If you’re traveling with a camper and looking for a place to wild camp in Elche, we recommend the expansive parking lot at the hike to the El Pantano de Elche waterfall (Park4Night #170605). We enjoyed two wonderfully quiet and pleasant nights there in our camper.

Tourist Map of Elche

10 Best Things To Do In Elche

#1 The Palmeral de Elche

The Palmeral de Elche is an expansive oasis of over 200,000 date palms that envelops the city, designated as a UNESCO World Heritage Site since 2000. This spectacular palm grove is a direct legacy of the Moorish era, although it’s possible that the initial planting was started by the Phoenicians or Romans. The date palms, originally from the Middle East and North Africa, have played a pivotal role in Elche’s agricultural history thanks to the innovative irrigation techniques introduced by the Moors.

These ancient techniques developed a lush green labyrinth that continues to thrive due to an ingenious irrigation system, efficiently distributing water throughout the area. This system allows the palm trees and other vegetation to flourish despite the region’s typically dry climate. It’s a testament to the engineering skills of the Moors that the system still functions effectively, maintaining this unique palm forest in Spain.

Elche’s Palmeral has also been integral to city life and local culture over the centuries. The palm trees provide shade and a cool retreat during the hot summer months. They have also been a source of dates and materials for traditional crafts for centuries. Additionally, the white palms prepared for Palm Sunday are an important export and cultural symbol of Elche, recognized throughout Spain.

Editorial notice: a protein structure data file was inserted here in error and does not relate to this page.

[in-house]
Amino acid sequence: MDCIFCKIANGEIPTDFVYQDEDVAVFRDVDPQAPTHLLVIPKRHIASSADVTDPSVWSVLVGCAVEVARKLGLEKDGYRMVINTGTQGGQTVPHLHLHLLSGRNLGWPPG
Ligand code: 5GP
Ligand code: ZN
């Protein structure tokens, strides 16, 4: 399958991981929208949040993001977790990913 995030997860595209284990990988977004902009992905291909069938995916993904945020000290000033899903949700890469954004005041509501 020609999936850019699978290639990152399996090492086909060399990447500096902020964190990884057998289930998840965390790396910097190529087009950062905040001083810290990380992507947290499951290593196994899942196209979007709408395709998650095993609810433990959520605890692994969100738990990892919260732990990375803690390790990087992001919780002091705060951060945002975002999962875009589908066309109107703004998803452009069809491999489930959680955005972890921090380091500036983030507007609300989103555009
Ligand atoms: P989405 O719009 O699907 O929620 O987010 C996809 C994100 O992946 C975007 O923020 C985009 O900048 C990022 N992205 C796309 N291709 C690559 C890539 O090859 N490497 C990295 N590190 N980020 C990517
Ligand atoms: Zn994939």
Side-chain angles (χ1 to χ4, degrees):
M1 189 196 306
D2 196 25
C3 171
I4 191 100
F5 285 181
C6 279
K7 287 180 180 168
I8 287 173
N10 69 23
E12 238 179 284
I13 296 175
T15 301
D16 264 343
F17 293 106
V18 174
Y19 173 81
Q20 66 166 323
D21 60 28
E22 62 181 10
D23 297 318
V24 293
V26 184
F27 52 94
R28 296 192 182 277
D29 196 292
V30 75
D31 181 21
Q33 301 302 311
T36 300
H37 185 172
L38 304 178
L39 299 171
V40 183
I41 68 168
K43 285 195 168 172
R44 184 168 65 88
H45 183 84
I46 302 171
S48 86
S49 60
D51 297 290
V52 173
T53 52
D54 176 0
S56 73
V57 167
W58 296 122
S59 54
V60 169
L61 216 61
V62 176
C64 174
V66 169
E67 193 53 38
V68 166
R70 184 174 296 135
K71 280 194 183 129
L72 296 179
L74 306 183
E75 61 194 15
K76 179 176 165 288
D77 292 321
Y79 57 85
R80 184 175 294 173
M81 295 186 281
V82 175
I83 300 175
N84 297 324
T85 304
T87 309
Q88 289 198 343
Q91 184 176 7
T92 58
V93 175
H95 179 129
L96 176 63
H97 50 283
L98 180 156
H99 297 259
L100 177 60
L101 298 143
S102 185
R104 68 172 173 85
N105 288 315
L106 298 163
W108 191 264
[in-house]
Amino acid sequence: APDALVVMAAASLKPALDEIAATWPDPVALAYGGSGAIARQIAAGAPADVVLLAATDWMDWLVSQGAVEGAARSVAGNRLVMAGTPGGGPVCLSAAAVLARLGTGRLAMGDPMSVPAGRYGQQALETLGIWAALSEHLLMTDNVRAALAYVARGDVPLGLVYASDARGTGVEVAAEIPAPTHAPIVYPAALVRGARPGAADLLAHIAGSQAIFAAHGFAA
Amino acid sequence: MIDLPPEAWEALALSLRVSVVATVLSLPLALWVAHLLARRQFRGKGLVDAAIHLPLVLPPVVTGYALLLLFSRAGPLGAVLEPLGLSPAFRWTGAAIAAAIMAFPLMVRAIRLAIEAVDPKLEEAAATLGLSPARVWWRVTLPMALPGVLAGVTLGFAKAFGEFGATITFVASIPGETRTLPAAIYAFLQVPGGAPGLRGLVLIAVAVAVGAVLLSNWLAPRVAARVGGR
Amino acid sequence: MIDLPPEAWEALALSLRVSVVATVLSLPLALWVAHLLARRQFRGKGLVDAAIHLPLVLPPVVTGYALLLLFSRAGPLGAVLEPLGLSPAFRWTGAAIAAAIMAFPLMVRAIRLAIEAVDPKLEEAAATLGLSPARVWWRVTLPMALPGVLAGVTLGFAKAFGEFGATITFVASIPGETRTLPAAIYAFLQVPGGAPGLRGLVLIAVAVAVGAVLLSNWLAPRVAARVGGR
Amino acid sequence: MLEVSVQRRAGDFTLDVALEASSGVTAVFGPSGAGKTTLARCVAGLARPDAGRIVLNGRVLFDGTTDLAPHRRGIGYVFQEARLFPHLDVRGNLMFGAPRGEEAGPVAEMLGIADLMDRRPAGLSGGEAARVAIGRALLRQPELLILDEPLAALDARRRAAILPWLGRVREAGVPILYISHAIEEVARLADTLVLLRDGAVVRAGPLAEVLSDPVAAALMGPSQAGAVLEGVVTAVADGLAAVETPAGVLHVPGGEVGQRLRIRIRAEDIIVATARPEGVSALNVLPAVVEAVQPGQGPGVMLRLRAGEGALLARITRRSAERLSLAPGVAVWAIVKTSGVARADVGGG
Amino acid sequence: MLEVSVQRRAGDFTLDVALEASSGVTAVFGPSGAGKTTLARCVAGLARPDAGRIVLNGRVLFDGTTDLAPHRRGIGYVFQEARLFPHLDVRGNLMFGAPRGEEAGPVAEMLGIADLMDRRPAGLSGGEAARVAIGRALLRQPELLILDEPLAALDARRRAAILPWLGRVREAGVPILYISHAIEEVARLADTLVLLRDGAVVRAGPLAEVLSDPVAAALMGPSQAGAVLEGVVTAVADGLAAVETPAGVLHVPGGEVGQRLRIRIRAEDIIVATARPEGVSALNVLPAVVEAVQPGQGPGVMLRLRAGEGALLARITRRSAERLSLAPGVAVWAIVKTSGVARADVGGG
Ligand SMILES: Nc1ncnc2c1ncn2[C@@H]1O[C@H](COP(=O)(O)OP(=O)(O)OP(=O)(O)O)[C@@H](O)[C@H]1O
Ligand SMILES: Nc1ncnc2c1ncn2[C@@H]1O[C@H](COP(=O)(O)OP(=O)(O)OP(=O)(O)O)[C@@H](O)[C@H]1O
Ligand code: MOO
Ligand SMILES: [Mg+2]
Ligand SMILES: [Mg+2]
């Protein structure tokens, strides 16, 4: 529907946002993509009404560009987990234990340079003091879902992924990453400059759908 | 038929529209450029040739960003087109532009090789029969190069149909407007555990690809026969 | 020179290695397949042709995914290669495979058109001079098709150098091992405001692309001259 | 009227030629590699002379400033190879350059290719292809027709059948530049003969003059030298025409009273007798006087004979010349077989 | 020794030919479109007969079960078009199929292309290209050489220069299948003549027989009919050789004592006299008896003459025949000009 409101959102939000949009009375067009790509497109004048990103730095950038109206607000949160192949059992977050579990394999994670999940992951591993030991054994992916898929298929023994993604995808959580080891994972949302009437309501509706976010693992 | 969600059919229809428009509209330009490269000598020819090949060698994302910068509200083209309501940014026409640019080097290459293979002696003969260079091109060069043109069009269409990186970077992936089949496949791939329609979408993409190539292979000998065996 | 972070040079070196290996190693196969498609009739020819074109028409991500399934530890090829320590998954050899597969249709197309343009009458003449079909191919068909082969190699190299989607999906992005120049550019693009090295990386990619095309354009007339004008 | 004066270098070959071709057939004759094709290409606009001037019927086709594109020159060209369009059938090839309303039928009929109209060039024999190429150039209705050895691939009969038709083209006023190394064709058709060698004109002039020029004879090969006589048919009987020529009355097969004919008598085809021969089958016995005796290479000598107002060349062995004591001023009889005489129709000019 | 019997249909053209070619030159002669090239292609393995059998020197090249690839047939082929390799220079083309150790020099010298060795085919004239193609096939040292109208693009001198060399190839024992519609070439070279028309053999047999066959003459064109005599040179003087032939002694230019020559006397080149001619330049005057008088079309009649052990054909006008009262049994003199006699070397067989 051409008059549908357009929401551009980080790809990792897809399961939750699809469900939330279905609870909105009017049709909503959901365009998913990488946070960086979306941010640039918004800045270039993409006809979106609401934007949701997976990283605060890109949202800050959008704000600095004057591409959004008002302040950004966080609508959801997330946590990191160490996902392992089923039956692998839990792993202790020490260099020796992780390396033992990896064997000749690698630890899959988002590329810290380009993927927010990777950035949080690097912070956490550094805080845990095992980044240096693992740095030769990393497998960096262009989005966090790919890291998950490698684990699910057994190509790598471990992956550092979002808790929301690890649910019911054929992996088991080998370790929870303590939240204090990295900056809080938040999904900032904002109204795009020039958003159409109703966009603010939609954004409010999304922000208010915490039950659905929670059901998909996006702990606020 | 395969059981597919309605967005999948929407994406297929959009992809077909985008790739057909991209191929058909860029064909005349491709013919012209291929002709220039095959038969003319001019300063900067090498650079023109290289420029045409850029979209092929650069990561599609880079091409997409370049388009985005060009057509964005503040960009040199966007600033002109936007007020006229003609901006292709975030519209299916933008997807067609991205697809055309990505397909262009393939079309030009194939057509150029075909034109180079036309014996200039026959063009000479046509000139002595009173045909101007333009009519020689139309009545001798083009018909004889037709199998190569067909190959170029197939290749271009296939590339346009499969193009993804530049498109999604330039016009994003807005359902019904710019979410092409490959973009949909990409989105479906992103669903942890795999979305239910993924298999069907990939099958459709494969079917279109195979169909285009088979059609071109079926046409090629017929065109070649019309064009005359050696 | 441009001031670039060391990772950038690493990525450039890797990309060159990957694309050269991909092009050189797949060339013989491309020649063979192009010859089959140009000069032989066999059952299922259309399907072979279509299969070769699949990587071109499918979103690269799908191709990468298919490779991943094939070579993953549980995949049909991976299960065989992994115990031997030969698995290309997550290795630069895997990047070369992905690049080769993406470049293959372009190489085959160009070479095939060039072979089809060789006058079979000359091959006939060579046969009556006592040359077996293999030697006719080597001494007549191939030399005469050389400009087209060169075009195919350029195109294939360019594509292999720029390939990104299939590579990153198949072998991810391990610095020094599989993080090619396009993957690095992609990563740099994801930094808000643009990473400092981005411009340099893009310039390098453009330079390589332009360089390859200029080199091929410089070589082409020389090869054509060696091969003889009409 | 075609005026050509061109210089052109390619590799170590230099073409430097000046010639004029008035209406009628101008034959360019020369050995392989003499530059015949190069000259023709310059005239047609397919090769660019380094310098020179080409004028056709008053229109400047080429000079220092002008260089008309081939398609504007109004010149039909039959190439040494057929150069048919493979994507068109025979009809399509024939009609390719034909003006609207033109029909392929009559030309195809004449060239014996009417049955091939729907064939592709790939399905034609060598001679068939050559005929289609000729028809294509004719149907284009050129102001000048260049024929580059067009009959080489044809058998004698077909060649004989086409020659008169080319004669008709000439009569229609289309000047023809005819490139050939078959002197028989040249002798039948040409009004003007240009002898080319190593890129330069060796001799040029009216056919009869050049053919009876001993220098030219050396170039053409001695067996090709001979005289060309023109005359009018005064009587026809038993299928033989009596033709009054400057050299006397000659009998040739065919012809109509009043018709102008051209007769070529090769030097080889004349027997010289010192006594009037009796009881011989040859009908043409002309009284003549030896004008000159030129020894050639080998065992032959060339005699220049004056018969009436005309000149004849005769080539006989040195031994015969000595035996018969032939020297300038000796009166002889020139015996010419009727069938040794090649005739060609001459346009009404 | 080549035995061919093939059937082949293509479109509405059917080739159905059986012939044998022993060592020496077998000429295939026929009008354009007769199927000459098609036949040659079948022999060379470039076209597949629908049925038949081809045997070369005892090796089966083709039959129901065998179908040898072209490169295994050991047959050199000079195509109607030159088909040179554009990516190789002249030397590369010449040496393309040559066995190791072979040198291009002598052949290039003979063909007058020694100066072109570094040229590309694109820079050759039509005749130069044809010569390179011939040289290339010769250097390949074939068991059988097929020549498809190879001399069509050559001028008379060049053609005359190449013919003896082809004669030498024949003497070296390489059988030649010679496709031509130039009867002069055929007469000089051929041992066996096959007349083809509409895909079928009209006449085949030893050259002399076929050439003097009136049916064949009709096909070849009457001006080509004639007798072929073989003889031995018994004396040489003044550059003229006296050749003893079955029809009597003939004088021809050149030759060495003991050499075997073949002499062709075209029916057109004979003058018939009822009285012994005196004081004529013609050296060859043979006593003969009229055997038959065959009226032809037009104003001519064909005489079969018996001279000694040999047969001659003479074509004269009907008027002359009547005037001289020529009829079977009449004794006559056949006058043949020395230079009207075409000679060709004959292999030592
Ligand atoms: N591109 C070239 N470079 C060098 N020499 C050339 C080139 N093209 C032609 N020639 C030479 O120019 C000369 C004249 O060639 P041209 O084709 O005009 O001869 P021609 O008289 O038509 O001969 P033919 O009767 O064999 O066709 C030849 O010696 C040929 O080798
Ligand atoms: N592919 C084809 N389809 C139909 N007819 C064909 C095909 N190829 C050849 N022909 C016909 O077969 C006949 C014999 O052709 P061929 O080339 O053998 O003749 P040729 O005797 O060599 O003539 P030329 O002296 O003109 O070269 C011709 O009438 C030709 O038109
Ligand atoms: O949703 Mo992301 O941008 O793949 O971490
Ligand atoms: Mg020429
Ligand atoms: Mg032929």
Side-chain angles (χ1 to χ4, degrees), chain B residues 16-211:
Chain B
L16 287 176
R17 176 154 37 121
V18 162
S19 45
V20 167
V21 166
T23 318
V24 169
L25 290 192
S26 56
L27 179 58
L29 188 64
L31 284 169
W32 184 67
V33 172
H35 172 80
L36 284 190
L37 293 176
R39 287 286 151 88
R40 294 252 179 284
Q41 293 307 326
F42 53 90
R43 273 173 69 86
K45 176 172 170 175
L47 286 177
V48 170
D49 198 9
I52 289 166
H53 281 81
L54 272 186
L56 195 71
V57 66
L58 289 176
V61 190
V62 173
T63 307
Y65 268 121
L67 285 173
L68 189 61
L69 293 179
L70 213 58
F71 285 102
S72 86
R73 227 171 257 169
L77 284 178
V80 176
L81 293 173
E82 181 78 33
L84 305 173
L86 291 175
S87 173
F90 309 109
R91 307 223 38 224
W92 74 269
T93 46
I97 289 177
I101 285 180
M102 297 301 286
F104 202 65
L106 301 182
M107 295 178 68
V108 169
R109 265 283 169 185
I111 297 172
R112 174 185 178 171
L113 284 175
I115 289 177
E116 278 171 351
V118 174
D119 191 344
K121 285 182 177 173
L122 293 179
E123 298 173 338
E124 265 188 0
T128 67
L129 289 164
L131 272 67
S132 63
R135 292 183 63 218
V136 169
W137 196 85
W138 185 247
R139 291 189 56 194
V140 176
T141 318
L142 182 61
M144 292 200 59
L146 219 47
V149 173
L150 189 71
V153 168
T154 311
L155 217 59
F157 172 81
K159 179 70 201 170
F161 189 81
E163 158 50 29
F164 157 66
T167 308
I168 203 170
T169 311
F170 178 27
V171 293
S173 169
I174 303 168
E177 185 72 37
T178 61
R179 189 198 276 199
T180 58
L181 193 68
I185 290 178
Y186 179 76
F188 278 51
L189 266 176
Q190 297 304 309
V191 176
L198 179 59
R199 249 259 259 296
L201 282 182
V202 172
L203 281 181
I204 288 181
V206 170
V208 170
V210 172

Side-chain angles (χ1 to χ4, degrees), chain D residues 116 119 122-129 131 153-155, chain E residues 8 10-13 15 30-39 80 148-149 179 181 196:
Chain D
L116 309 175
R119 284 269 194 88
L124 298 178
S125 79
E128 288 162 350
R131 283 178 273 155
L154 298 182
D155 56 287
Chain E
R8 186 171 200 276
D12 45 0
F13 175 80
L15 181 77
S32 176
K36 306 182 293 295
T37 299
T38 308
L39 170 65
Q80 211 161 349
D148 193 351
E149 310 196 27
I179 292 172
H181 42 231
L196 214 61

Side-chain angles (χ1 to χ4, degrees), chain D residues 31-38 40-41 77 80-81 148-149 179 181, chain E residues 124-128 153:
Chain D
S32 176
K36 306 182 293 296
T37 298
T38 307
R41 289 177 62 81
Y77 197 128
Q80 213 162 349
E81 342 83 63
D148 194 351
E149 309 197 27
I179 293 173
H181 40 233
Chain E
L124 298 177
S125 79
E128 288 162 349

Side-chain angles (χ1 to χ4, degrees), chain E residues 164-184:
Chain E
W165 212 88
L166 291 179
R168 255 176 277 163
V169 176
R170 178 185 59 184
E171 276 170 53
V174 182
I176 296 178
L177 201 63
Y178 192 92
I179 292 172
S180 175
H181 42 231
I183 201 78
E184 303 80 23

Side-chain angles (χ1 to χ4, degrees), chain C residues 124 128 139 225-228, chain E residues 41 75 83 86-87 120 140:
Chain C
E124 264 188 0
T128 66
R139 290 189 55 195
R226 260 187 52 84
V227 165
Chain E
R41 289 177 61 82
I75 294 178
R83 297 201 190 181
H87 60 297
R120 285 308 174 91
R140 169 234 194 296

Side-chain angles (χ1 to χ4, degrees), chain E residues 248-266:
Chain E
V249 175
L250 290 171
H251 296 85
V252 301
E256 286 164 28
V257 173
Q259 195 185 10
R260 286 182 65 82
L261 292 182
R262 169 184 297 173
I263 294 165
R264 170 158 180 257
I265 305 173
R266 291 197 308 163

Admission to the vast Palmeral itself is free. Those interested in the historical and cultural significance of the Palmeral should definitely visit the Museo del Palmeral. If you’re traveling with children, like we were, you’ll be pleased to know there’s an excellent playground within the palm garden that caters to all ages.

Palmeral de Elche

#2 Basílica de Santa María

The Basílica de Santa María stands out as one of Elche’s most prominent landmarks, renowned for its lavish baroque architecture.

Originally built in the 13th century on the site of a former mosque, the present church, dating from the 17th century, replaced an earlier Gothic church. The basilica is notable for its elaborately decorated main entrance and the San Agatángelo door, both adorned with sculptures by Nicolás de Bussi. Its interior is dominated by a large dome, externally covered in blue tiles, which plays a crucial role during the annual Misteri d’Elx—a historical play that has been held in the church for centuries, attracting global audiences.

Entrance to the basilica is free, though there is a small fee to climb the tower, which offers spectacular views over the city and the Palmeral. The basilica also houses the Museo de la Virgen.